Originally published April 11, 2018 in the New Zealand Herald.
Sport in the digital age is even more crucial for New Zealand school students, a leading Auckland secondary school educationalist believes.
Daniel Mathie, year 11 dean and a physical education teacher at ACG Parnell College, says because young people spend a lot of their time online many are less active than children were in the past.
Parents are understandably more cautious about letting their kids out to play,” he says. “They are only trying to protect them, but in earlier times when there was no internet kids were more active and outside playing tag, chasing each other on their bikes or climbing all over jungle gyms. So to me, sport is more crucial than ever before.”
In the US a new study has, for example, offered evidence that fitness in children can aid maths skills. The research, highlighted in San Francisco-based PLOS One, a scientific journal published by the US Public Library of Science, tested children aged 9 and 10 and found those who were fitter had better math scores.
In Britain, a study by British Universities and Sport (BUCS) in 2013 showed that involvement in university sport boosts students’ employment prospects – and provides opportunities to develop leadership skills.
Mathie, who has been teaching at ACG Parnell College (one of five independent schools operated in New Zealand by ACG Education) for 16 years, says physical activity can literally make you smarter.
“I’m not telling you anything that has not been scientifically proven,” he says. “The evidence shows there is a link.”
Mathie also thinks schools are one of the last chances children have of getting involved in sport: “Where else are they going to get the chance? It is so easy to put kids in front of an iPad and I believe schools have a real role to play in involving them in sport.
“The involvement of our students in co-curricular sport in 2017 was 63 percent, which is 10 percent higher than the national average.”
He says PE is compulsory at ACG Parnell College up to the end of year 10. During this time students spend up to 80 minutes each week in a sports activity.
“It is not highly competitive, but we cover a whole range of sports by teaching them the fundamentals. We are trying to foster an interest in sport where the aim is not primarily on winning but is fun and elevates the heart rate,” he says. “This can bring the same benefits as competitive sport.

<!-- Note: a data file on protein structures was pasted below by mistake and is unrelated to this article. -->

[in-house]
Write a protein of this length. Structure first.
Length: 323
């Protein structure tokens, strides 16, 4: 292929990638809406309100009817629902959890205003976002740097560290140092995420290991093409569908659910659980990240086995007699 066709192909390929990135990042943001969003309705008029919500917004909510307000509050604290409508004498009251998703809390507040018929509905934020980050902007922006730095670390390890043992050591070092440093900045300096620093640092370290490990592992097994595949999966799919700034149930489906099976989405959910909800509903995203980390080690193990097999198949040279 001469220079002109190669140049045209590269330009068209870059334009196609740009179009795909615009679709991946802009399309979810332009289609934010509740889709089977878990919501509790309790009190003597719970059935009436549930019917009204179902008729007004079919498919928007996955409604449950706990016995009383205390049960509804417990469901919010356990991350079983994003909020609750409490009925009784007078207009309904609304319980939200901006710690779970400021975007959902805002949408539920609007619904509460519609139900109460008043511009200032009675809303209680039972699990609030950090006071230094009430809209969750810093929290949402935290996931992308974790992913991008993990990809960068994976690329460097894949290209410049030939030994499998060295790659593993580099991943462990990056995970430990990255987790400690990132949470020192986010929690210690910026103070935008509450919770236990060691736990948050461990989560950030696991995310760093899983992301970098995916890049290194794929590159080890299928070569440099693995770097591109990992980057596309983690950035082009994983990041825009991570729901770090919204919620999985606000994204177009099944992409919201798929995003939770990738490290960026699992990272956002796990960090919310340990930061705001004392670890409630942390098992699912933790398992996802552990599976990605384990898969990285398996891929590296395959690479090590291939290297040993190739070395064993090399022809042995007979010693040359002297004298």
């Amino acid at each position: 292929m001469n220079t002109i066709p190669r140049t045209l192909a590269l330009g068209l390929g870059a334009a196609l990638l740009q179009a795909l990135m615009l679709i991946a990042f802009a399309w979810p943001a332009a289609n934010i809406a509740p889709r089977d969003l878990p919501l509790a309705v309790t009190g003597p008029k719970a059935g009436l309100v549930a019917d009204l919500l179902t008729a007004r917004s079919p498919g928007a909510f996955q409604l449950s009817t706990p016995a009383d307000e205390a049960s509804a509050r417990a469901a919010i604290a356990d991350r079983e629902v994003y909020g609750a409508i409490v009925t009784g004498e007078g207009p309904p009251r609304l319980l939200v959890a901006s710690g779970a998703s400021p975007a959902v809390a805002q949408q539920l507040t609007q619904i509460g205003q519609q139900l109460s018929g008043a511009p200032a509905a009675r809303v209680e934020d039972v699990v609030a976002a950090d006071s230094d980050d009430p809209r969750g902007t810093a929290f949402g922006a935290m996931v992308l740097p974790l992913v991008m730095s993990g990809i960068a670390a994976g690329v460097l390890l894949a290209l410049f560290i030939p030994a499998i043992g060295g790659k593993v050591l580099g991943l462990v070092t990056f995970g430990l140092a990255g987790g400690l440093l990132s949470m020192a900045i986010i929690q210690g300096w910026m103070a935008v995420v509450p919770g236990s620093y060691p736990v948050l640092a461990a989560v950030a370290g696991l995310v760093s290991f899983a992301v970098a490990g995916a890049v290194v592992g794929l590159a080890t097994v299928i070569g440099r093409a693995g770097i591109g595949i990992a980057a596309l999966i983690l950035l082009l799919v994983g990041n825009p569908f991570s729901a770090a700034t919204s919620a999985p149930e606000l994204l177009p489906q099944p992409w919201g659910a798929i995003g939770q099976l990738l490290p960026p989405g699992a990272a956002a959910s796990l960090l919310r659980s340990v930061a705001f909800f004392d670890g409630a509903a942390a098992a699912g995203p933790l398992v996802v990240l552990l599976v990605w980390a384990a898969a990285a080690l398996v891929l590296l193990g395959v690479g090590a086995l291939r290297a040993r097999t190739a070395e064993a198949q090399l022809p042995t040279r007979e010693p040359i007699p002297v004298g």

“It is recommended people do 120 minutes of physical activity a week – and schools play a key role in providing the means and encouragement for that to happen,” Mathie says.
Danny O’Connor, principal of ACG Strathallan, says the old adage of ‘a healthy body equals a healthy mind’ is absolutely true.
“Sport teaches many life lessons and helps develop the skills and qualities required to be successful,” he says. “Self-discipline, focus, teamwork, and resilience are enhanced and there is also a wide range of social benefits.”
O’Connor says students at ACG Strathallan are strongly encouraged to play a sport, to get involved in something they are passionate about and to continue once they leave school.
“ACG has a strong academic record but we know a good education is more than just that,” he says. “We aim to provide our students with a challenging holistic education and have five key elements to this – academics, student well-being, sport activities and the arts, experiential education outside of the classroom and leadership and service.”
O’Connor says although sport is at the heart of a lot of New Zealand communities, not all students are interested in it or see it as an outlet. He says the arts and activities like drama can also play a key role in student performance.
“Traditional assumptions about the interrelationship between the arts and learning are now being supported by research showing there is indeed a link with student achievement and gains in math, reading, cognitive ability, critical thinking and verbal skills,” he says.
“Participation can improve motivation, concentration, confidence, and teamwork. Whatever makes students feel good – and some get it from rugby, others from maths – will help them to learn well.”